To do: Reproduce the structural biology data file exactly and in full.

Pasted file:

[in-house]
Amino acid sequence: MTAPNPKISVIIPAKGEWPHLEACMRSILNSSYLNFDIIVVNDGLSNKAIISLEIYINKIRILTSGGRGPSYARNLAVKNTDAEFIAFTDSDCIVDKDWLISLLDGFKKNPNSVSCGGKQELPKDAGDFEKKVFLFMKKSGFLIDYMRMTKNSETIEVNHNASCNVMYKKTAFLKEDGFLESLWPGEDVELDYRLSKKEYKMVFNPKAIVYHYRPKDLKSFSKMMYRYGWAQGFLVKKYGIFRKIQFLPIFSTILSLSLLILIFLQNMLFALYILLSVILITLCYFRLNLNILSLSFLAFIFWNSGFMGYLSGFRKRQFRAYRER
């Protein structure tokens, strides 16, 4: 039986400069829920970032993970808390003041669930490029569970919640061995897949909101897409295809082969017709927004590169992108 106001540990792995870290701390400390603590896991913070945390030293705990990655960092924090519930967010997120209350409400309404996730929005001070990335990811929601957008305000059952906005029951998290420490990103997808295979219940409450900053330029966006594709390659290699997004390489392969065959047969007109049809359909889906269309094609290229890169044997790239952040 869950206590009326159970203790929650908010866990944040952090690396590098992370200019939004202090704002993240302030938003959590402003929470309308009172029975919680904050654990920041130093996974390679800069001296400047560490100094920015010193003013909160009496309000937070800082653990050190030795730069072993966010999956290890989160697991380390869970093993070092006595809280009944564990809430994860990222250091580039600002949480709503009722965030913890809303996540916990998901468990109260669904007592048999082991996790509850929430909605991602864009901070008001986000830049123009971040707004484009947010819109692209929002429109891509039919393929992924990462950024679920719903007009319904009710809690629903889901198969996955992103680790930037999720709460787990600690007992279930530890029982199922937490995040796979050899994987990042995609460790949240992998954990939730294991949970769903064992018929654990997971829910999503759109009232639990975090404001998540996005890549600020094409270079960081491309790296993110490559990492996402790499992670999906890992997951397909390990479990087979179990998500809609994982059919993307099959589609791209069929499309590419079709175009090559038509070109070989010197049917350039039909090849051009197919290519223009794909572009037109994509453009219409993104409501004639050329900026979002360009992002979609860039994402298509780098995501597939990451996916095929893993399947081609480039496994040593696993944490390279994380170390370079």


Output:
[in-house]
Amino acid sequence: MTAPNPKISVIIPAKGEWPHLEACMRSILNSSYLNFDIIVVNDGLSNKAIISLEIYINKIRILTSGGRGPSYARNLAVKNTDAEFIAFTDSDCIVDKDWLISLLDGFKKNPNSVSCGGKQELPKDAGDFEKKVFLFMKKSGFLIDYMRMTKNSETIEVNHNASCNVMYKKTAFLKEDGFLESLWPGEDVELDYRLSKKEYKMVFNPKAIVYHYRPKDLKSFSKMMYRYGWAQGFLVKKYGIFRKIQFLPIFSTILSLSLLILIFLQNMLFALYILLSVILITLCYFRLNLNILSLSFLAFIFWNSGFMGYLSGFRKRQFRAYRER
């Protein structure tokens, strides 16, 4: 039986400069829920970032993970808390003041669930490029569970919640061995897949909101897409295809082969017709927004590169992108 106001540990792995870290701390400390603590896991913070945390030293705990990655960092924090519930967010997120209350409400309404996730929005001070990335990811929601957008305000059952906005029951998290420490990103997808295979219940409450900053330029966006594709390659290699997004390489392969065959047969007109049809359909889906269309094609290229890169044997790239952040 869950206590009326159970203790929650908010866990944040952090690396590098992370200019939004202090704002993240302030938003959590402003929470309308009172029975919680904050654990920041130093996974390679800069001296400047560490100094920015010193003013909160009496309000937070800082653990050190030795730069072993966010999956290890989160697991380390869970093993070092006595809280009944564990809430994860990222250091580039600002949480709503009722965030913890809303996540916990998901468990109260669904007592048999082991996790509850929430909605991602864009901070008001986000830049123009971040707004484009947010819109692209929002429109891509039919393929992924990462950024679920719903007009319904009710809690629903889901198969996955992103680790930037999720709460787990600690007992279930530890029982199922937490995040796979050899994987990042995609460790949240992998954990939730294991949970769903064992018929654990997971829910999503759109009232639990975090404001998540996005890549600020094409270079960081491309790296993110490559990492996402790499992670999906890992997951397909390990479990087979179990998500809609994982059919993307099959589609791209069929499309590419079709175009090559038509070109070989010197049917350039039909090849051009197919290519223009794909572009037109994509453009219409993104409501004639050329900026979002360009992002979609860039994402298509780098995501597939990451996916095929893993399947081609480039496994040593696993944490390279994380170390370079």